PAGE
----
One story after another made the world sound great. And it wasn’t just the stories, but also the plays. Aunt Alissa would take out clothes and jewellery and put them on Sarah, and they’d pretend they were attending a party in Spain, or they’d go dancing in India, China, Turkey, Austria, Morocco or Brazil. Then they’d make perfumes in Tunisia, or a sweet dish in Swaziland, or a big bar of chocolate in Switzerland.
Aunt Alissa brought stories of love from where ever she’d go. Stories of people unique yet alike in their struggles and victories, sorrows and celebrations.
One day Sarah asked about a frame on the top shelf that she couldn’t reach. Aunt Alissa stretched and brought it down to Sarah. It was even more beautiful up close. It looked like a bunch of little flowers arranged into a perfect circle. They were made of metal but painted so carefully, the flowers looked almost real.
“This was given to me by an old lady, a witch, in Ireland. She said I must keep it empty until I find my one true love,” aunt Alissa smiled, but it was a strange kind of smile, nothing like the other smiles Sarah had seen so many times on her aunt’s face. “She said that when I put our picture in this frame, I will always be safe in his heart,” aunt Alissa place the frame carefully back on the top shelf.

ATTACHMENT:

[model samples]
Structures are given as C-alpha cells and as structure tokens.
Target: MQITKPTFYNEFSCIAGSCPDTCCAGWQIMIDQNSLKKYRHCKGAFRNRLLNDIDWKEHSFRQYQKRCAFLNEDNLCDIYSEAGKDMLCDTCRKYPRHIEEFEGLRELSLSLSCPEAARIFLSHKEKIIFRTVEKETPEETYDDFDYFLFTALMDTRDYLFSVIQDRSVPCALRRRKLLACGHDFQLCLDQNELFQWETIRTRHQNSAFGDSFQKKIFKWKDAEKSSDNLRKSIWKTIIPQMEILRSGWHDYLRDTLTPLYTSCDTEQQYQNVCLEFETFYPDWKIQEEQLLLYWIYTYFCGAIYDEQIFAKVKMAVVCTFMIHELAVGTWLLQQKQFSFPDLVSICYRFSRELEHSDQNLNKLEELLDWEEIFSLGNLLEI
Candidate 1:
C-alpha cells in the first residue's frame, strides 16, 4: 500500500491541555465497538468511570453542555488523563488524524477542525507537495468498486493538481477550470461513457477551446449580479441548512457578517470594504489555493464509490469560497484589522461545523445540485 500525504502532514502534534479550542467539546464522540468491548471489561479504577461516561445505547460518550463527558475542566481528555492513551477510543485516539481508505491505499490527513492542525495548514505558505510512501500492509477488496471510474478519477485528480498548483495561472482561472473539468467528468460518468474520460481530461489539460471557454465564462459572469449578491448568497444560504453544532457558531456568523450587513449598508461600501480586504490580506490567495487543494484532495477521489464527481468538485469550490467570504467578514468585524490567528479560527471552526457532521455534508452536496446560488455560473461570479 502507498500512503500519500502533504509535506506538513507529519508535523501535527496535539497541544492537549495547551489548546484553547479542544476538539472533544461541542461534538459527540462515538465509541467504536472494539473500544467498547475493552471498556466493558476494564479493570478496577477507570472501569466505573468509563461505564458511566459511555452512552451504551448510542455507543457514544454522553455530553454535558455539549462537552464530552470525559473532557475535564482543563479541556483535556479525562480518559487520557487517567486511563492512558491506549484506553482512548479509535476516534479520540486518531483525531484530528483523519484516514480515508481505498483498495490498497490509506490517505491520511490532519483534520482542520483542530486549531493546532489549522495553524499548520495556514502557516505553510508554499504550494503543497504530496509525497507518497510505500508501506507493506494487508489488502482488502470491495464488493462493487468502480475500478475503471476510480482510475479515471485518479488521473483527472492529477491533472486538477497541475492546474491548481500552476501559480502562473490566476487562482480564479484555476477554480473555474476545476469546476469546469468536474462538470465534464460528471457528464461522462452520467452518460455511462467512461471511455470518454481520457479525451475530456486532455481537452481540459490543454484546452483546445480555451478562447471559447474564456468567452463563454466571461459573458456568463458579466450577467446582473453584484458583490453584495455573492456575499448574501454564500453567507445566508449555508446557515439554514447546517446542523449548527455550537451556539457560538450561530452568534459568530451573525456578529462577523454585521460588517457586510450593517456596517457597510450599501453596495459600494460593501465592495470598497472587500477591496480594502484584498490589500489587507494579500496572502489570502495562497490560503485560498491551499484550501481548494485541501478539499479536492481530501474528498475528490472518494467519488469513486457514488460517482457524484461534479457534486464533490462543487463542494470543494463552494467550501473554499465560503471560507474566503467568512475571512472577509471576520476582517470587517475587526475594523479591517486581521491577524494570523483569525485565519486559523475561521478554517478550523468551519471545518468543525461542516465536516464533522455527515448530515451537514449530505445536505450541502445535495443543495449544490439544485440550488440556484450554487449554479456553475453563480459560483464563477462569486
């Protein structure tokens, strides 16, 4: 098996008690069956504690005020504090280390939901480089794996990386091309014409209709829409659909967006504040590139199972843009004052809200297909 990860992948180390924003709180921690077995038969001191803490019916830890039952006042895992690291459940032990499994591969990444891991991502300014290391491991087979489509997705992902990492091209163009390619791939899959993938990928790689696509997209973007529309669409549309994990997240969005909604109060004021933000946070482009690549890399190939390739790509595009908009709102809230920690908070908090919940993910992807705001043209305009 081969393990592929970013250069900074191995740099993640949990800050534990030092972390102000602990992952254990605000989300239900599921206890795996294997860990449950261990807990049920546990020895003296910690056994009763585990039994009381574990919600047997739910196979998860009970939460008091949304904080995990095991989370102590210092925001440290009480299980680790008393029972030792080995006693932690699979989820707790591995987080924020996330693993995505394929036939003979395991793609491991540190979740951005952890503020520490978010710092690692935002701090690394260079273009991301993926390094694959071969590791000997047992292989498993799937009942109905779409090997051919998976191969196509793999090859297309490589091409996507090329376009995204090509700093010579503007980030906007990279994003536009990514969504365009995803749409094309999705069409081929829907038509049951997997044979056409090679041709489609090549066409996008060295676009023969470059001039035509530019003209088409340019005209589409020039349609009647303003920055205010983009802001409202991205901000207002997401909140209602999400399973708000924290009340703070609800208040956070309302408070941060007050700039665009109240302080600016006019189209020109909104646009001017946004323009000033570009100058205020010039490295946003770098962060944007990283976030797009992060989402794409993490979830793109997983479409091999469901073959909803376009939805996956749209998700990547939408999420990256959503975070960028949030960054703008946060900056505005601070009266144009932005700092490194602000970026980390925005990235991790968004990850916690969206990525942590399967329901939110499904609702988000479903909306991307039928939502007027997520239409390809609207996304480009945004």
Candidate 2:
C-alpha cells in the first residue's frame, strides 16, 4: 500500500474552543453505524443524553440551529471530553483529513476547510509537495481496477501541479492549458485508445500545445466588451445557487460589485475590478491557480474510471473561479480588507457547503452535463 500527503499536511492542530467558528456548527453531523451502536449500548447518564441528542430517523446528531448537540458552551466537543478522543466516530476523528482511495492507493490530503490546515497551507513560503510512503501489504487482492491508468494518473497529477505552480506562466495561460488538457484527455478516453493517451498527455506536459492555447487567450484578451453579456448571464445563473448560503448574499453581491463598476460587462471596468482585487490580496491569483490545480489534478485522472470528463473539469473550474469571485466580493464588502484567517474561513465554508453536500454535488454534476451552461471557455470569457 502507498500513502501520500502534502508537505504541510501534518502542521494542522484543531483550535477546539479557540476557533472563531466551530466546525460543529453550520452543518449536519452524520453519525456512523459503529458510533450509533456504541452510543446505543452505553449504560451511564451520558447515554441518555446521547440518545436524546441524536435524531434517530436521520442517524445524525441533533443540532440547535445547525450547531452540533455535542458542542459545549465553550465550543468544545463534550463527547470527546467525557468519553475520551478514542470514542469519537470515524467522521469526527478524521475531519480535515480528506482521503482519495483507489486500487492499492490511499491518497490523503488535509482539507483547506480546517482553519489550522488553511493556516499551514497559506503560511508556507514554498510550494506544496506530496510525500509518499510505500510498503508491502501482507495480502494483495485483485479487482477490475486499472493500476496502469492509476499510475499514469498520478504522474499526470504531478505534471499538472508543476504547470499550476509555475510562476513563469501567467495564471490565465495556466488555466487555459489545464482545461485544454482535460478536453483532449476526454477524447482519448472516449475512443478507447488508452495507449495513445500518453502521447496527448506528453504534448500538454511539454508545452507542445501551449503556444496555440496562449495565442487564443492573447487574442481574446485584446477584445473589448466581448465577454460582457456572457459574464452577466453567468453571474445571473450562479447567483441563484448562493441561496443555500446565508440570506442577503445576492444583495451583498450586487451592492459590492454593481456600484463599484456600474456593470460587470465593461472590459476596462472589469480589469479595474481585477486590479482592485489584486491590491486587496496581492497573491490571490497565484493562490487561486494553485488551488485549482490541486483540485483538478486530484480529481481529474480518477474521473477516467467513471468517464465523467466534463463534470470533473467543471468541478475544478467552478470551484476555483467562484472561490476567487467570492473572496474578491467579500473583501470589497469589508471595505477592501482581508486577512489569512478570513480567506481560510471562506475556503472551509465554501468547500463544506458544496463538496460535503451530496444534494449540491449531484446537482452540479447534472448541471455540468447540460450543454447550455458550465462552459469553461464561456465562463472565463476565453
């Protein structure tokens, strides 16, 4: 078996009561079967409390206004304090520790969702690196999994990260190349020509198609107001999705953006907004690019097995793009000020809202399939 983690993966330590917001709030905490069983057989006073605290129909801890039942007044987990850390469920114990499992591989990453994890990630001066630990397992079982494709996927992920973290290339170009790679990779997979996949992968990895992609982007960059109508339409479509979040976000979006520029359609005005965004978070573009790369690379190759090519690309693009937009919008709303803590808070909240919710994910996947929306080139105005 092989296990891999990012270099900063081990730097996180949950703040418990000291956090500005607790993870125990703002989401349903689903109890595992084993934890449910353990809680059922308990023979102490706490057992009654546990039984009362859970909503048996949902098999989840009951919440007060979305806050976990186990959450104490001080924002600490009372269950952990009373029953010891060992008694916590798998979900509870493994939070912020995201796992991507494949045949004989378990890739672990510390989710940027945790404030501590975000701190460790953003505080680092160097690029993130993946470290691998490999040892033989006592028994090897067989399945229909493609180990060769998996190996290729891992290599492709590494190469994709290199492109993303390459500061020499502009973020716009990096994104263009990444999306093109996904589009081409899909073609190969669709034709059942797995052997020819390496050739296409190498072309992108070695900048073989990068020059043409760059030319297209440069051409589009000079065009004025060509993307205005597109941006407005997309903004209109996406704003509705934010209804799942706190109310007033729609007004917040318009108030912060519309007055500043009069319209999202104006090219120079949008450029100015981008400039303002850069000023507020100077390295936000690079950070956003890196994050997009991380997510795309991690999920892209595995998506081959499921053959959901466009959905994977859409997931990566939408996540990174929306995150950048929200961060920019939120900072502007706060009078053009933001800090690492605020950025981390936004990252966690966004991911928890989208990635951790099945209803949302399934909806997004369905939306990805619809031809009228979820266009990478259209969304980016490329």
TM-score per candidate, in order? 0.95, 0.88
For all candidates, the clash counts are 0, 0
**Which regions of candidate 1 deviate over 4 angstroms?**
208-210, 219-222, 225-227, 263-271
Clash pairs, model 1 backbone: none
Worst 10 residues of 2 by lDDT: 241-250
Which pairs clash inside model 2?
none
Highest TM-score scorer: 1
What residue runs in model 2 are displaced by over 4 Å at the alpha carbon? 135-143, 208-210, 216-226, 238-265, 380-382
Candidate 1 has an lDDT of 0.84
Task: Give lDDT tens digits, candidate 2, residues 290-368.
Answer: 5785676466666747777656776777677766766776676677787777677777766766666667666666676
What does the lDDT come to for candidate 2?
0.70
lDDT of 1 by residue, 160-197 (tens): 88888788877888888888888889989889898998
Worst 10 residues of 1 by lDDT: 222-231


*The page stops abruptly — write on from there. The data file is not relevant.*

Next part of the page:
As the years went by, Sarah would sneak in a question about the frame. Aunt Alissa replied, always with that same smile, the one mixed with sorrow and hope. The stories of all other ornaments changed a little, or at least grew in terms of details, except the story of the empty frame. That one stay the same no matter how many times aunt Alissa repeated it.
When Sarah was nine years old, aunt Alissa was returning from her trip to a country called Botswana. By then, it had become a tradition for the latest stories to be told first. Sarah could barely sleep the night before her aunt returned. The excitement was too much to bear. What gift will she bring back with her now? What story will go with the gift? What kind of game will they play?
In the morning, Sarah jumped out of the bed the moment she opened her eyes and saw the light. She ran out of her room into the living room. She was about to urge her parents to get on with breakfast and to drive her to grandma’s when the sight turned her into a sculpture. Both her parents were crying.
“Daddy?” Sarah whispered.
Everything became slow; the way her father called her to sit next to him, the way her mother smiled, the way Sarah moved, everything was burdened with an invisible yet great weight.